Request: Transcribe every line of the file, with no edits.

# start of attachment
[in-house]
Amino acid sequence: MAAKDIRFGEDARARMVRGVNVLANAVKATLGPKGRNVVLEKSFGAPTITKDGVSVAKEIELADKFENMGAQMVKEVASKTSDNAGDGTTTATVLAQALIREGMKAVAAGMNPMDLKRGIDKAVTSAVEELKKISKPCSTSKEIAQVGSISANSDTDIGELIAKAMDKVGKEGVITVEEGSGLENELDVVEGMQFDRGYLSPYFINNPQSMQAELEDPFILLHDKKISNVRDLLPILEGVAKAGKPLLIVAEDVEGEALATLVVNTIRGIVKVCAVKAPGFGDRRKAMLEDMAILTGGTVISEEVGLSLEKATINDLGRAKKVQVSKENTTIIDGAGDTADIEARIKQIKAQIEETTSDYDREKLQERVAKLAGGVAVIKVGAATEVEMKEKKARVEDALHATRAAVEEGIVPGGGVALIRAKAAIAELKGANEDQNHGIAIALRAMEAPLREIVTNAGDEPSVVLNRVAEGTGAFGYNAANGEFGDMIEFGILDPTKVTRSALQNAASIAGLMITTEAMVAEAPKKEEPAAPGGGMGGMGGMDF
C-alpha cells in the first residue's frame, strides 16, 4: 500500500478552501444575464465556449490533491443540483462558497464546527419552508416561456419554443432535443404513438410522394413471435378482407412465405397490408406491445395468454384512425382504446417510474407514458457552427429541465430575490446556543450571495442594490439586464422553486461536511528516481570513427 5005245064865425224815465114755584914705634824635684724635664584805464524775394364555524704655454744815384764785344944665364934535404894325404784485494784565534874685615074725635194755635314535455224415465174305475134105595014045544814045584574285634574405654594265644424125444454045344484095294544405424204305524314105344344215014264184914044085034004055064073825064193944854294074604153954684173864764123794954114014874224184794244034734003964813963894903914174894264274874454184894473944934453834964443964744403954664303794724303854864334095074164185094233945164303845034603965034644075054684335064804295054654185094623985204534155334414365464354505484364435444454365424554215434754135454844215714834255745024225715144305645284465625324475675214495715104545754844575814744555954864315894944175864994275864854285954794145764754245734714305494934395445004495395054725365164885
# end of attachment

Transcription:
[in-house]
Amino acid sequence: MAAKDIRFGEDARARMVRGVNVLANAVKATLGPKGRNVVLEKSFGAPTITKDGVSVAKEIELADKFENMGAQMVKEVASKTSDNAGDGTTTATVLAQALIREGMKAVAAGMNPMDLKRGIDKAVTSAVEELKKISKPCSTSKEIAQVGSISANSDTDIGELIAKAMDKVGKEGVITVEEGSGLENELDVVEGMQFDRGYLSPYFINNPQSMQAELEDPFILLHDKKISNVRDLLPILEGVAKAGKPLLIVAEDVEGEALATLVVNTIRGIVKVCAVKAPGFGDRRKAMLEDMAILTGGTVISEEVGLSLEKATINDLGRAKKVQVSKENTTIIDGAGDTADIEARIKQIKAQIEETTSDYDREKLQERVAKLAGGVAVIKVGAATEVEMKEKKARVEDALHATRAAVEEGIVPGGGVALIRAKAAIAELKGANEDQNHGIAIALRAMEAPLREIVTNAGDEPSVVLNRVAEGTGAFGYNAANGEFGDMIEFGILDPTKVTRSALQNAASIAGLMITTEAMVAEAPKKEEPAAPGGGMGGMGGMDF
C-alpha cells in the first residue's frame, strides 16, 4: 500500500478552501444575464465556449490533491443540483462558497464546527419552508416561456419554443432535443404513438410522394413471435378482407412465405397490408406491445395468454384512425382504446417510474407514458457552427429541465430575490446556543450571495442594490439586464422553486461536511528516481570513427 5005245064865425224815465114755584914705634824635684724635664584805464524775394364555524704655454744815384764785344944665364934535404894325404784485494784565534874685615074725635194755635314535455224415465174305475134105595014045544814045584574285634574405654594265644424125444454045344484095294544405424204305524314105344344215014264184914044085034004055064073825064193944854294074604153954684173864764123794954114014874224184794244034734003964813963894903914174894264274874454184894473944934453834964443964744403954664303794724303854864334095074164185094233945164303845034603965034644075054684335064804295054654185094623985204534155334414365464354505484364435444454365424554215434754135454844215714834255745024225715144305645284465625324475675214495715104545754844575814744555954864315894944175864994275864854285954794145764754245734714305494934395445004495395054725365164885